After hauling this styrofoam tray around in my truck cab, I shared it with my students. I asked what they thought it was made of. Was it metal? No. Was it plastic? No. Was it heavy? No. I rolled the ball down two sides of the tray to plant the idea. "What do you think?" I ask each. "Can it work? Test it for me, please." And they do.
Two students have to sit down to do it. Most can tilt the tray with their two hands so that the ball rolls around once. Two passes around seems to be a threshold. So, the next time we meet, I have each tilt the tray so that the ball passes around two times and then as many times as they choose after that. All of them have gotten better at it.
It is tricky because there are two big holes in the tray and it is easy for the ball to fall to the floor. This tray promotes eye and hand coordination.
Now that they have acquired the focus needed and the ball is controlled. What else can they make it do? The students are becoming inventors. They try out a hunch. Test it out, trial and error. Sometimes it doesn't work as easy as they thought. Two students came up with ideas I hadn't thought of. I was pleased. Do they have a name in mind for the puzzle they discovered? I listen to their ideas.
Two minute video
This next week I will have each try the boards. It is a balance puzzle. And yes, I have been trying it myself. The thing is, if I can plant an idea, of course keeping it safe and do able. What might they come up with--as they master it?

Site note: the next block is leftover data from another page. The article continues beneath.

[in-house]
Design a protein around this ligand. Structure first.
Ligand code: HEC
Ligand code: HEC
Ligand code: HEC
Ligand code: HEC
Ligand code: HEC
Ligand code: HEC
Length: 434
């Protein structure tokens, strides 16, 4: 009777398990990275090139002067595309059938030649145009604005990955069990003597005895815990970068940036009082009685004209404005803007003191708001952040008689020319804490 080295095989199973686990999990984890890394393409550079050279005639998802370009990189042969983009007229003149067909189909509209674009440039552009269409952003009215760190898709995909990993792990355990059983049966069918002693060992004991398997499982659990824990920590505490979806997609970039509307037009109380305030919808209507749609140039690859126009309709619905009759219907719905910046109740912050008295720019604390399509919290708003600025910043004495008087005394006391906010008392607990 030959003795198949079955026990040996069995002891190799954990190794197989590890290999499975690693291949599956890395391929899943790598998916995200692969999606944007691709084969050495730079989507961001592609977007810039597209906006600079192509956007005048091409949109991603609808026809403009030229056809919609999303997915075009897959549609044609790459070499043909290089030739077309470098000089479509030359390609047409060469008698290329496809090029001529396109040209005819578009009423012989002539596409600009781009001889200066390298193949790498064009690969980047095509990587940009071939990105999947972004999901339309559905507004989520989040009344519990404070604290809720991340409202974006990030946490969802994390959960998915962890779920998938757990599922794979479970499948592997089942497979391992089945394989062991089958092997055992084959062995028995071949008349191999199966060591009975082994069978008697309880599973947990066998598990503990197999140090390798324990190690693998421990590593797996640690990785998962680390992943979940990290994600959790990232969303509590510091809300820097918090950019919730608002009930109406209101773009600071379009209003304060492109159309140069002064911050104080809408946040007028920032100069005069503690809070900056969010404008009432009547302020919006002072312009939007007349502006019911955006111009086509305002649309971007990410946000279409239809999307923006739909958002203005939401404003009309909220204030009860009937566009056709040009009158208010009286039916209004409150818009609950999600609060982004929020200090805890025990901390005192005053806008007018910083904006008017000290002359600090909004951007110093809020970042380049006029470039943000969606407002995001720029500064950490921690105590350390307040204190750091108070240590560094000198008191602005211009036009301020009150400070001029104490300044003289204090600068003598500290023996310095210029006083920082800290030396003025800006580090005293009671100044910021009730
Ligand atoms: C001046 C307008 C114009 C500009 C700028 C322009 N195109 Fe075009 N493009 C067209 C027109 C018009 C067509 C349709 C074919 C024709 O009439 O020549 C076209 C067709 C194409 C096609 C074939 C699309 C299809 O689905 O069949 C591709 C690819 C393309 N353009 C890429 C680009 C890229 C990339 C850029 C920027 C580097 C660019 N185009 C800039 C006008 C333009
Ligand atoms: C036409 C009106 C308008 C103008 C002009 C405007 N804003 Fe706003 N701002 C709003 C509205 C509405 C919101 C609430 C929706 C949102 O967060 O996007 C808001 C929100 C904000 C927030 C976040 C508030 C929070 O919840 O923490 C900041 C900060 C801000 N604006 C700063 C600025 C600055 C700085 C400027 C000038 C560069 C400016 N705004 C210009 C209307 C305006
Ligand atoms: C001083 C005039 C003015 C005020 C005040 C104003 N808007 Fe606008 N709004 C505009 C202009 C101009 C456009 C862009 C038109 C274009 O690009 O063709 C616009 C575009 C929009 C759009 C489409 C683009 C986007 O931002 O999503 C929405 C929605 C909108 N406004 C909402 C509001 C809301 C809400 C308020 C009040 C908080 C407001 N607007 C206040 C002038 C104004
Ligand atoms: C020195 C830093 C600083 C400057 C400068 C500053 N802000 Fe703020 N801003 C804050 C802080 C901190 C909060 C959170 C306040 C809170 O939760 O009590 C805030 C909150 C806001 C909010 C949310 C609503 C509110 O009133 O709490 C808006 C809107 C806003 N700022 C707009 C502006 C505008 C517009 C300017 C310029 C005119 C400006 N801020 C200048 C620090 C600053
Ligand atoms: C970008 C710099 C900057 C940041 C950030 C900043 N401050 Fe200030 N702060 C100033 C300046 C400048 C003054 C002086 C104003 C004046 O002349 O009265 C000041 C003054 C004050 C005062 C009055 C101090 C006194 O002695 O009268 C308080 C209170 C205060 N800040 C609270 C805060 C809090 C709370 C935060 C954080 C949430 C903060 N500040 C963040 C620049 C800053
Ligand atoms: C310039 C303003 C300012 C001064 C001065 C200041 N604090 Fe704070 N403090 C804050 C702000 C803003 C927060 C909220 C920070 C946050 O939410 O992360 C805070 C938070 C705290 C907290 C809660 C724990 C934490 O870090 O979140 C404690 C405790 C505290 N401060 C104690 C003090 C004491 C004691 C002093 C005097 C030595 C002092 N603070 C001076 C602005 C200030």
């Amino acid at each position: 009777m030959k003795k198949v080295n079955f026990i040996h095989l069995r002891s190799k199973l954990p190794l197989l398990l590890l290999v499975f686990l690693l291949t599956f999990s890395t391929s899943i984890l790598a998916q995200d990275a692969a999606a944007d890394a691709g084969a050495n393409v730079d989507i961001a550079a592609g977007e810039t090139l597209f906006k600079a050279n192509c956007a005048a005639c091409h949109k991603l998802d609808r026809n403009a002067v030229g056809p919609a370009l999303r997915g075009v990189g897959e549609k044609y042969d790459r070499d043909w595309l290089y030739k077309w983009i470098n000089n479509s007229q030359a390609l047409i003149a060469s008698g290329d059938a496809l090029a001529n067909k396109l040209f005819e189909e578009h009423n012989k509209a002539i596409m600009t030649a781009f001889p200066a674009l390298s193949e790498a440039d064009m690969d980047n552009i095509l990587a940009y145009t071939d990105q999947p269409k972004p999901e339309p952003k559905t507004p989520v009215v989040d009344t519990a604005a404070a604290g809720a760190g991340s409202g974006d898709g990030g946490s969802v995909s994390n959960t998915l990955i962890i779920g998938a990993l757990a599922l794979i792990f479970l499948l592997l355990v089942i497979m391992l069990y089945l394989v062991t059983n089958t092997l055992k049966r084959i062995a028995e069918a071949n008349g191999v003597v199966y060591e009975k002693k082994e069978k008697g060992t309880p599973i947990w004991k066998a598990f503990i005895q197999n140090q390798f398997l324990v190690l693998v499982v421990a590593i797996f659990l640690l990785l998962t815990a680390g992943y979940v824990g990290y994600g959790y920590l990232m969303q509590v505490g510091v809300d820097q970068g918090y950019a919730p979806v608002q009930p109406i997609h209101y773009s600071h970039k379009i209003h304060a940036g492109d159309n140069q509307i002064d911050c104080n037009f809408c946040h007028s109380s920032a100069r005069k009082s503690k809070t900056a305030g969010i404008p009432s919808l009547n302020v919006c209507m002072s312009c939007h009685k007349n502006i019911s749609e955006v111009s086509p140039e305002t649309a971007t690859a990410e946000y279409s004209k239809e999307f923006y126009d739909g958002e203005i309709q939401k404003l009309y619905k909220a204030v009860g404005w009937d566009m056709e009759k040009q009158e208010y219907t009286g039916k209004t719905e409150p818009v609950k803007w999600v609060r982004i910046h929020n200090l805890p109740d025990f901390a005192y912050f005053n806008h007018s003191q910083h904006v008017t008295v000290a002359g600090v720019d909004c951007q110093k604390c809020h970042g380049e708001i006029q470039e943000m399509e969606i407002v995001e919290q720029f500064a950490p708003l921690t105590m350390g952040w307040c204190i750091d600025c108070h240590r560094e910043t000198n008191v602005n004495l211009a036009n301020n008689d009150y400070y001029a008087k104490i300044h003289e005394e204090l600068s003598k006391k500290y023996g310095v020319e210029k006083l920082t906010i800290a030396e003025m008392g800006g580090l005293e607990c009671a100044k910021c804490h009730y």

Two minute video
The students I am assigned to need the brain gym exercises to get the right and left sides of their brains working together. I tell them that the exercises are designed to make the body want to fall over. The brain tries to over ride the fall.
Paul E. Dennison coined the term "brain gym."
My class does both Hook Ups and the Cross Crawl.
You can see what my students have come up with on my Motion Puzzle blog.
"Welcome to Motion Puzzles where students have created, tested, and named their own exercises. Balance is challenged. The left and right side of the brain sends emails back and forth, "NO NO, DO NOT TIP OVER!!"
(courtesy of Teacher Tube, http://teachertube.com/viewVideo.php?video_id=27736, http://teachertube.com/viewVideo.php?video_id=27736; and About.com, http://teachertube.com/viewVideo.php?video_id=27736, accessed Oct 21, 2012)